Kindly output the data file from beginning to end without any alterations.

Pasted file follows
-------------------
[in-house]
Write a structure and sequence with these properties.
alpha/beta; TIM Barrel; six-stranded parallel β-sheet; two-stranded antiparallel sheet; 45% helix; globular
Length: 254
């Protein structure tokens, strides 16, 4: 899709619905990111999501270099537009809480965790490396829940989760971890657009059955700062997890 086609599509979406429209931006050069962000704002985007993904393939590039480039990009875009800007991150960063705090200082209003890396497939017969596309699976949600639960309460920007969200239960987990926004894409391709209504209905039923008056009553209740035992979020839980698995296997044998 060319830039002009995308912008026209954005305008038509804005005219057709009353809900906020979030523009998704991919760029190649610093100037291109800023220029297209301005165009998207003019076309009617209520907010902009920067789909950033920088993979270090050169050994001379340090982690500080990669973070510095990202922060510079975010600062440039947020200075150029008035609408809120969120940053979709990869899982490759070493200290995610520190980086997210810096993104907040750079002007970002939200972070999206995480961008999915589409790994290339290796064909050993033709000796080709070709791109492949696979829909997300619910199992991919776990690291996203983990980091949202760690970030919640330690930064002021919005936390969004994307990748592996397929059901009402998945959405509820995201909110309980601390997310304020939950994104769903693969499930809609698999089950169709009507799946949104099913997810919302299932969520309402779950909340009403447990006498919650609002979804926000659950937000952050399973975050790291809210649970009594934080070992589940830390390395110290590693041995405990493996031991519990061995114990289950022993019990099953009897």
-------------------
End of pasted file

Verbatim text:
[in-house]
Write a structure and sequence with these properties.
alpha/beta; TIM Barrel; six-stranded parallel β-sheet; two-stranded antiparallel sheet; 45% helix; globular
Length: 254
């Protein structure tokens, strides 16, 4: 899709619905990111999501270099537009809480965790490396829940989760971890657009059955700062997890 086609599509979406429209931006050069962000704002985007993904393939590039480039990009875009800007991150960063705090200082209003890396497939017969596309699976949600639960309460920007969200239960987990926004894409391709209504209905039923008056009553209740035992979020839980698995296997044998 060319830039002009995308912008026209954005305008038509804005005219057709009353809900906020979030523009998704991919760029190649610093100037291109800023220029297209301005165009998207003019076309009617209520907010902009920067789909950033920088993979270090050169050994001379340090982690500080990669973070510095990202922060510079975010600062440039947020200075150029008035609408809120969120940053979709990869899982490759070493200290995610520190980086997210810096993104907040750079002007970002939200972070999206995480961008999915589409790994290339290796064909050993033709000796080709070709791109492949696979829909997300619910199992991919776990690291996203983990980091949202760690970030919640330690930064002021919005936390969004994307990748592996397929059901009402998945959405509820995201909110309980601390997310304020939950994104769903693969499930809609698999089950169709009507799946949104099913997810919302299932969520309402779950909340009403447990006498919650609002979804926000659950937000952050399973975050790291809210649970009594934080070992589940830390390395110290590693041995405990493996031991519990061995114990289950022993019990099953009897």